Why is China worlds Biggest Manufacturer -5 strong reasons!
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China, we know, is the world’s most populated nation. It relies solely on its labour force and utilizes its resources very well, making it depend less on other countries as it produces its products. Nigeria, in particular, is among the highest consumers of Chinese products, which is why we see most of the products in Nigeria tagged “made in China”.
The economy of China flourishes as a manufacturing powerhouse which makes some to think that omnipresence of the Chinese products is a result of low production due to high manpower, but that is far from it.
China is now recognized as the “world’s biggest manufacturer” because of its low taxes, the solid business community, no regulatory compliance, and competitive currency practices. In this article, we are going to consider those factors that make China to be considered the world’s biggest manufacturer.
Western manufacturers must usually abide by certain rules and guidelines that govern compensation insurance, child labour, health and safety standards, and involuntary labour. Still, China is immune to such laws and guidelines as Chinese industries have used child labour in manufacturing.
They have not made provisions to give insurance compensations to workers, and they have long shift hours of work. Some of these industries or factories have even devised a strategic plan to prevent their workers from quitting their jobs before the end of the year by making it a matter of policy to pay their workers once a year.
Chinese factories have been able to reduce the cost on waste management by ignoring environmental laws governing waste management.
Competitive currency practices
China puts in great effort to maintain the value of the Yuan by constantly carrying out a routine check on the appreciation of their Yuan by purchasing USD and selling Yuan. Because of this strategy adopted by China, it was accused of depressing the value of the Yuan to give its exports a lead over similar goods produced by the United States.
In late 2005, the yuan was estimated to be less valuable by 30% than the dollar, but in 2017, it appreciated by 8% against the dollar. It later depreciated in 2018 after United States tariffs were imposed on Chinese goods, reducing it to an exchange rate of 7.0205 per dollar by the Chinese central bank, China’s lowest exchange rate since 2008.
China has population is 1.39 billion, making it the world’s most populated nation. Following the law of Supply and Demand, we can see that there is a high supply of labour while there is a low demand for low-wage workers which makes the wages to remain low.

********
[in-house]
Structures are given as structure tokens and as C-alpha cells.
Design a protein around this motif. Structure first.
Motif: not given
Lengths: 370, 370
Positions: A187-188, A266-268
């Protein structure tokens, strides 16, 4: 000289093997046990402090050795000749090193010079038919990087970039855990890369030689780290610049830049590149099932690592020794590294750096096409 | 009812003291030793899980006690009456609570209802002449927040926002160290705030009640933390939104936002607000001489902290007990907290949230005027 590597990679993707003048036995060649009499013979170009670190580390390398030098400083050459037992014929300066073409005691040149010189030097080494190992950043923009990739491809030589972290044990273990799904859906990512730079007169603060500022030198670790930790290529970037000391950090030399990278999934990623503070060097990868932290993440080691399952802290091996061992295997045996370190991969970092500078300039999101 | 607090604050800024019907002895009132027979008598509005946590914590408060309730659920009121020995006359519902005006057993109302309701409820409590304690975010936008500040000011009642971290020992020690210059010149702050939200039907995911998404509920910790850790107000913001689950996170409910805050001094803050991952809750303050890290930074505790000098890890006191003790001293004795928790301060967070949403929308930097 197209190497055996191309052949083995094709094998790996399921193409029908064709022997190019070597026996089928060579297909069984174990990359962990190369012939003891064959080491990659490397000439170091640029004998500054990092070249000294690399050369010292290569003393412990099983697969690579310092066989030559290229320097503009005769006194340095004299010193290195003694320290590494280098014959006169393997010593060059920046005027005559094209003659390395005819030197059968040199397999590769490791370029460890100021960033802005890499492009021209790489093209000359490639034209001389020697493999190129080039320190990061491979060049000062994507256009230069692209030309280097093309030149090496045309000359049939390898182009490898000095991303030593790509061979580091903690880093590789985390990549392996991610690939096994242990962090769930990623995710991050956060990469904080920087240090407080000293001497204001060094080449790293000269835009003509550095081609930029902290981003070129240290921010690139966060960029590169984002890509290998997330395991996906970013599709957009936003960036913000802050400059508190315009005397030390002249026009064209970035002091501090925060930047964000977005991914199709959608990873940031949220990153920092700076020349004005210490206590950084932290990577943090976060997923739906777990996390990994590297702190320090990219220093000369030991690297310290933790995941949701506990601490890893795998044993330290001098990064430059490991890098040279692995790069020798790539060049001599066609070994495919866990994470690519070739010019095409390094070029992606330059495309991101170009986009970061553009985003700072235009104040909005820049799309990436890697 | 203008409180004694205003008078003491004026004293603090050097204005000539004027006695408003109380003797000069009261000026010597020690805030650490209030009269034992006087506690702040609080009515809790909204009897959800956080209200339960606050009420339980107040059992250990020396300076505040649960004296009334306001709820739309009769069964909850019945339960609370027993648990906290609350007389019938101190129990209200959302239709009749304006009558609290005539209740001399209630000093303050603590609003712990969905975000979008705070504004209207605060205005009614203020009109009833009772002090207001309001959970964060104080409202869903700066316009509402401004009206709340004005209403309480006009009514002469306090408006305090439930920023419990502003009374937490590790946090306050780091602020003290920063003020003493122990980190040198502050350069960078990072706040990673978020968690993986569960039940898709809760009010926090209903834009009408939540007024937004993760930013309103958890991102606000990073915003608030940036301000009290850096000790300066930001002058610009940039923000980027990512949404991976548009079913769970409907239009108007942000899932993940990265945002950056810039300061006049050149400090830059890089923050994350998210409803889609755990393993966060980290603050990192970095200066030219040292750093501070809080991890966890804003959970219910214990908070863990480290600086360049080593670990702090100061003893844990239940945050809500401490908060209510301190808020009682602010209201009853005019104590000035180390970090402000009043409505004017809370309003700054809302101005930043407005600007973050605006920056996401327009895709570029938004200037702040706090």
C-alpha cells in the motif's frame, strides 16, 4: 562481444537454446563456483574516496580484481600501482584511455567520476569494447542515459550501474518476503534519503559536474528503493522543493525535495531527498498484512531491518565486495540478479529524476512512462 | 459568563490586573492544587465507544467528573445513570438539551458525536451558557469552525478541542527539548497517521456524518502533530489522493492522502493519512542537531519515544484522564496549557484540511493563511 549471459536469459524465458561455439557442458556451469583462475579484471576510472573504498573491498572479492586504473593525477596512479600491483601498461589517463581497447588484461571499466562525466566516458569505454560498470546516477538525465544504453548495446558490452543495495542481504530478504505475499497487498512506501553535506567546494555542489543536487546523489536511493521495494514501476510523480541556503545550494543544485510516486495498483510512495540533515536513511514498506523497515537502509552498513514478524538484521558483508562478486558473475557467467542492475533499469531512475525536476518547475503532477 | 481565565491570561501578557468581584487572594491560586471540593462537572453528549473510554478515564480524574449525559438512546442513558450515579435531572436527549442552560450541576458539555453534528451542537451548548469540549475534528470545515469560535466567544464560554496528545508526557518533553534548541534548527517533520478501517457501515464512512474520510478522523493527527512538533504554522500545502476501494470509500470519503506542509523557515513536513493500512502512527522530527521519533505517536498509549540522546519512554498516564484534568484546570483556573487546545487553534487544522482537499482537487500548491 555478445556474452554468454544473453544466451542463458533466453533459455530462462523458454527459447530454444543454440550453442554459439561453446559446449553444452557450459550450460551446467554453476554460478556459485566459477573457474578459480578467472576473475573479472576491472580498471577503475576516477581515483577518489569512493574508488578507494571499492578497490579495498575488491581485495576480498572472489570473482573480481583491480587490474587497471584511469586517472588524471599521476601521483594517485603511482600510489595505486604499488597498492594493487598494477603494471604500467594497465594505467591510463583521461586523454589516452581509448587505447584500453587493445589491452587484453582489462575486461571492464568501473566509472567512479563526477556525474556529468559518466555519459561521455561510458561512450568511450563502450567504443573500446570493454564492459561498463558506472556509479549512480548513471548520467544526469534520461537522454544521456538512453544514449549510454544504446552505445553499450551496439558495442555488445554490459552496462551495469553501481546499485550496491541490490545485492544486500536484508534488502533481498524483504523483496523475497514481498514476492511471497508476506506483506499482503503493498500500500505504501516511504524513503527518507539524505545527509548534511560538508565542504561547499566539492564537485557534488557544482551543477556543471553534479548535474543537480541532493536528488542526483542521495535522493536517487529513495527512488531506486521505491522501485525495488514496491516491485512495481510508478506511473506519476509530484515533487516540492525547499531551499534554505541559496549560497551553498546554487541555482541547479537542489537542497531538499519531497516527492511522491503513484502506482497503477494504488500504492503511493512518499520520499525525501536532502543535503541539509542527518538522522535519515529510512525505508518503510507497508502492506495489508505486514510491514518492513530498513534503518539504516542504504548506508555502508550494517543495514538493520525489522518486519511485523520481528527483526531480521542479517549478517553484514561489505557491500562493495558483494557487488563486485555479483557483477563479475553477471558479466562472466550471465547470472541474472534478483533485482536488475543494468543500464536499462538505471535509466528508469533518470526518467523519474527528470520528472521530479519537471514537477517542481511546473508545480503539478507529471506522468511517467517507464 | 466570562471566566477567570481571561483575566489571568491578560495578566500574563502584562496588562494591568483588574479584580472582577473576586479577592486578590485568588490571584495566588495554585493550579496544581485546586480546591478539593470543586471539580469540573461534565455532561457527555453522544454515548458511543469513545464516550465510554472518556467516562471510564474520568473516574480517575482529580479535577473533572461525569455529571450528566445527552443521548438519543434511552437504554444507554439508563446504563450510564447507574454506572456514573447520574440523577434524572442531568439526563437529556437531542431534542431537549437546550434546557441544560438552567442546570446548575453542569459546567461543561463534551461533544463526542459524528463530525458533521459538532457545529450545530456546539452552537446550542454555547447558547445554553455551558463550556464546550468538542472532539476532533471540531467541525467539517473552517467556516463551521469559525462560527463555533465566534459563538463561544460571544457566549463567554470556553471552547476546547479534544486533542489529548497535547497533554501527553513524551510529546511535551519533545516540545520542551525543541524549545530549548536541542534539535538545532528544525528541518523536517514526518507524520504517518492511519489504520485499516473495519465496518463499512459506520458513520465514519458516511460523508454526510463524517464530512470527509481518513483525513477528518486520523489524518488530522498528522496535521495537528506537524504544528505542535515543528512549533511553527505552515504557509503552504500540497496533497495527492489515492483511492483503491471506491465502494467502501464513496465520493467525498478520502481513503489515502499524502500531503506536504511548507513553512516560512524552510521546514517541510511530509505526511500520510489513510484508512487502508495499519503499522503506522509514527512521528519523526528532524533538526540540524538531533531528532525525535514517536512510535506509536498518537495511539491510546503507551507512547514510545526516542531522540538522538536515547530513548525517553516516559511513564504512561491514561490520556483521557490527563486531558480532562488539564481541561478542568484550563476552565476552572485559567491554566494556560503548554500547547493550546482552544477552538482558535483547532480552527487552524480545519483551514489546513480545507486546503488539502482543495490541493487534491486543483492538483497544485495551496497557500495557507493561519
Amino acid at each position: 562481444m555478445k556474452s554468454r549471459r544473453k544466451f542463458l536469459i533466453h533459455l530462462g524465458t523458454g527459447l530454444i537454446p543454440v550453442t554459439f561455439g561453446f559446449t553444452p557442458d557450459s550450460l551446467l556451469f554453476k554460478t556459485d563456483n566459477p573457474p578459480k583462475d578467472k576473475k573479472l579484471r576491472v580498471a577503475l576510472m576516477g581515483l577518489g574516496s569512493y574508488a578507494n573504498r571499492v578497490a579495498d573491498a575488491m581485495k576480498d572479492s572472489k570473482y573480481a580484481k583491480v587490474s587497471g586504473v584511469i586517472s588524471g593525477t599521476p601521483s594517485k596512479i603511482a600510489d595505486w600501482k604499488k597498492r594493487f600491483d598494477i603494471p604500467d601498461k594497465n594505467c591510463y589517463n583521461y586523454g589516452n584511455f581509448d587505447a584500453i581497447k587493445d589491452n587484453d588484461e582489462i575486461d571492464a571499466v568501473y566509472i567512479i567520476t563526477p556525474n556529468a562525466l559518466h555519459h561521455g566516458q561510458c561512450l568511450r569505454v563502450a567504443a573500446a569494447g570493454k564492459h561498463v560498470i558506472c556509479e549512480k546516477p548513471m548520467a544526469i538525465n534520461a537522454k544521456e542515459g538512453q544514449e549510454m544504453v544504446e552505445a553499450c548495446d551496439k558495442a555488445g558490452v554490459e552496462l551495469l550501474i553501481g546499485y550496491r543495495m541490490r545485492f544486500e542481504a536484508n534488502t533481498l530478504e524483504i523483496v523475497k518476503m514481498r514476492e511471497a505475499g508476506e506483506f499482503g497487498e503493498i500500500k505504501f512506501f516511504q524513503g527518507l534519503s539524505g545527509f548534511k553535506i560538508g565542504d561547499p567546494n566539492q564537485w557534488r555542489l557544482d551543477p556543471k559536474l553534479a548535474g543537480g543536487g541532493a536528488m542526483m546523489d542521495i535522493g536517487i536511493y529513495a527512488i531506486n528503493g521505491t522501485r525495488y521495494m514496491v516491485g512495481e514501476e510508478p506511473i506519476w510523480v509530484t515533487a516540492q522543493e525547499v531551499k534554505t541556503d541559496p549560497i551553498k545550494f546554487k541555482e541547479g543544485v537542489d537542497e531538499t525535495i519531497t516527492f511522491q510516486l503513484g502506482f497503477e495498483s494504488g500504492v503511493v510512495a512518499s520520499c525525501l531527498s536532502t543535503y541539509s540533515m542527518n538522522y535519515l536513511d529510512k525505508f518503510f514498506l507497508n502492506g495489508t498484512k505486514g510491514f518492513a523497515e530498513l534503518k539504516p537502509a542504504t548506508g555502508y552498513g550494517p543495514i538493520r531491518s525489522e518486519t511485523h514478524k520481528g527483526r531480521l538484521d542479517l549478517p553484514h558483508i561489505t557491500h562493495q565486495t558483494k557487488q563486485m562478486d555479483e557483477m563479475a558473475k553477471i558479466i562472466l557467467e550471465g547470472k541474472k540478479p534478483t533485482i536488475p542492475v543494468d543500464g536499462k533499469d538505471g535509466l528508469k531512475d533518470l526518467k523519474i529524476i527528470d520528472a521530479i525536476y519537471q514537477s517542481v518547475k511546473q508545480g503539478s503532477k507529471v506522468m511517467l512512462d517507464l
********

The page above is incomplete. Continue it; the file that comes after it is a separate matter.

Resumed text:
Additionally, many Chinese residents were from rural and lower settlements until internal immigrants changed the situation of things by accepting to work many shifts for lower wages, which kept workers’ wages low.
Fortunately, the situation is changing as statistics have shown that some factories in some cities in China have increased their wages per hour or month. In January 2020, the wages per hour or month were 20.3 yuan ($2.91) and 2,200 yuan ($315.5), respectively. In Shanghai, the wage per hour is 22 yuan ($3.16), while the wage per month is 2,480 yuan ($355.70) based on the exchange rate of 1 yuan to $0.14.56.
Industrial production solely relies on distributors, suppliers, consumers, component manufacturers, and government agencies involved directly or indirectly through cooperation during production. China’s business ecosystem has experienced positive developments for the past three decades.
Let’s consider Shenzhen, which shares the same boundary with Hong Kong, has developed to be the centre for the electronics industry.
A Taiwan-based electronics producer by the name of Foxconn Technology Group also has manufacturers of parts and multiple suppliers at nearby locations; even Apple Inc. takes advantage of the efficiencies in China’s supply chain to keep high margins and low costs.
Taxes and Duties
The export tax discount policy was set up in 1985 by China as an avenue for boosting the competitiveness of its exports by getting rid of double taxation on exported goods. Exported goods were subject to zero per cent value-added tax (VAT), meaning they enjoyed a VAT exemption policy.
Additionally, consumer products from China were free from any import taxes. These lower tax rates helped to keep production costs low, which enabled the country to attract investors and companies looking to produce low-cost goods.
The U.S. announced China-specific tariffs, targeting 818 imported Chinese products valued at $34 billion 2018. This was the first of many rounds of tariffs imposed by both countries, resulting in $550 billion of U.S. tariffs applied to Chinese goods and $185 billion to U.S. goods in February 2020.
Over time its anticipated Americans will feel the impact of these tariffs in the form of an increased cost of goods, while the Chinese economy is expected to experience a slowdown.
Summary -China’s worlds Biggest Manufacturer
Many have wondered if China will ever lose its spot as the world’s biggest manufacturer as other economies emerge. One thing that keeps China in that spot, and also keeps the “Made in China” label on most of the products in other countries, is its low labour costs, but it will take more than cheap labour coast for other emerging economies to measure up with China’s. Hence, in the interim, China remains the “world’s biggest manufacturer” with its huge business ecosystem, low laver cost, and low production costs.
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